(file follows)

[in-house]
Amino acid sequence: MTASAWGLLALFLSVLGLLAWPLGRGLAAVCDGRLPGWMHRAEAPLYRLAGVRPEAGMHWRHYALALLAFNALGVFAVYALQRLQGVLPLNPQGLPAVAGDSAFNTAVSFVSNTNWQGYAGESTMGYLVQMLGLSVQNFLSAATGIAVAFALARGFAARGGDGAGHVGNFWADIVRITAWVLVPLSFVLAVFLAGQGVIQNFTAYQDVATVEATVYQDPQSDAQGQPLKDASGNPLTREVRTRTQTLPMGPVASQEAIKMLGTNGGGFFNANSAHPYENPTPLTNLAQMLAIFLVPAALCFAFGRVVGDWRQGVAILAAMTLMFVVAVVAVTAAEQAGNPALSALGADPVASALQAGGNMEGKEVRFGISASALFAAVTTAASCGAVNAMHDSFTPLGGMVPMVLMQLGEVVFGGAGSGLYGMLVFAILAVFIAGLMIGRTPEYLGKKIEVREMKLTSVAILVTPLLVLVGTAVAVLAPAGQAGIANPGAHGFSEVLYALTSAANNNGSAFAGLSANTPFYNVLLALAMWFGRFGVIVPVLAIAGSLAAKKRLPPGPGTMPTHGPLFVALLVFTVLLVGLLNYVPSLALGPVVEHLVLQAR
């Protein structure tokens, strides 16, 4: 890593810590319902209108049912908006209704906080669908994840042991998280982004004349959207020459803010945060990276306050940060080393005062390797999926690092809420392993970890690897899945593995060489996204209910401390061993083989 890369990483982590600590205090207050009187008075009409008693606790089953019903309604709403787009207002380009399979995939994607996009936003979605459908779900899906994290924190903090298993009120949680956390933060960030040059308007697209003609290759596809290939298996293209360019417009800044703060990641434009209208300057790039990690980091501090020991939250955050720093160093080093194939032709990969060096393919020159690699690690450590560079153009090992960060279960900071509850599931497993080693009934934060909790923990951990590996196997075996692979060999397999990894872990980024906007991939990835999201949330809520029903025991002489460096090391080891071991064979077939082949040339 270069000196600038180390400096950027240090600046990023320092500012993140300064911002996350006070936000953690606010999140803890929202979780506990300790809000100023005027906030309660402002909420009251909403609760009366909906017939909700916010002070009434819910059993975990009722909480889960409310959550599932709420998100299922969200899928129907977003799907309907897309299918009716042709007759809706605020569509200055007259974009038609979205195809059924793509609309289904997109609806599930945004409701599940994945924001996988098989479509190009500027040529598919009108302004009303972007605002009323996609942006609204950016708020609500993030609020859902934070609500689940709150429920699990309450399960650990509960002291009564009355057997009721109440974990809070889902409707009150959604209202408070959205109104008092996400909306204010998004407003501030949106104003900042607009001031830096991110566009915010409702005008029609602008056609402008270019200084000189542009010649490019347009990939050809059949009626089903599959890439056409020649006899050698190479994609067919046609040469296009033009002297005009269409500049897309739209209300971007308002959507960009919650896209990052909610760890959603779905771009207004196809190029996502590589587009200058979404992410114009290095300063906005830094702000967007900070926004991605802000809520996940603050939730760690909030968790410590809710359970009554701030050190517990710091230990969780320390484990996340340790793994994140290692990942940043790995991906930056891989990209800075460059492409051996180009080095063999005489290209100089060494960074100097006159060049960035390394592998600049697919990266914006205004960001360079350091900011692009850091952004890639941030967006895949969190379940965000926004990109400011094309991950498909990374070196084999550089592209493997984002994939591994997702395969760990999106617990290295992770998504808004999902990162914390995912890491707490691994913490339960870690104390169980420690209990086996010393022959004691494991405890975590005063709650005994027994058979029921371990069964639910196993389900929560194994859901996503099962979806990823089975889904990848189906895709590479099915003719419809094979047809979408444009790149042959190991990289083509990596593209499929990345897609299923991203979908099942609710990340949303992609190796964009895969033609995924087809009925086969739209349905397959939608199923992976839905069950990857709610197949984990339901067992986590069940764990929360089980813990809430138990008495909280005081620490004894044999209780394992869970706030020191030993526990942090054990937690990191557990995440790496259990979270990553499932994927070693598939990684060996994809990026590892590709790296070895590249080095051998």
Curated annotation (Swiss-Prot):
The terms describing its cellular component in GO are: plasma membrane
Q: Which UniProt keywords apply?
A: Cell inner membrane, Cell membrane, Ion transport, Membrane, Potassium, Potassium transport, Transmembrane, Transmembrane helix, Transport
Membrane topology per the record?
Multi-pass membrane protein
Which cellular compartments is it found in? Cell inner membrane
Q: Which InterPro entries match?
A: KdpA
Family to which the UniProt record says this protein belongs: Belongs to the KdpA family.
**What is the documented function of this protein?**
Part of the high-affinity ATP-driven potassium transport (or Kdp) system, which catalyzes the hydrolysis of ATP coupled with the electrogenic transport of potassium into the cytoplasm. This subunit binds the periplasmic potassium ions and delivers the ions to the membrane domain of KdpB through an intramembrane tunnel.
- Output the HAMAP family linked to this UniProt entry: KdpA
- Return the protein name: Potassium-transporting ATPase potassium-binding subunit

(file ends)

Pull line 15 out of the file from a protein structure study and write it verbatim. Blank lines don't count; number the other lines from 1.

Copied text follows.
Part of the high-affinity ATP-driven potassium transport (or Kdp) system, which catalyzes the hydrolysis of ATP coupled with the electrogenic transport of potassium into the cytoplasm. This subunit binds the periplasmic potassium ions and delivers the ions to the membrane domain of KdpB through an intramembrane tunnel.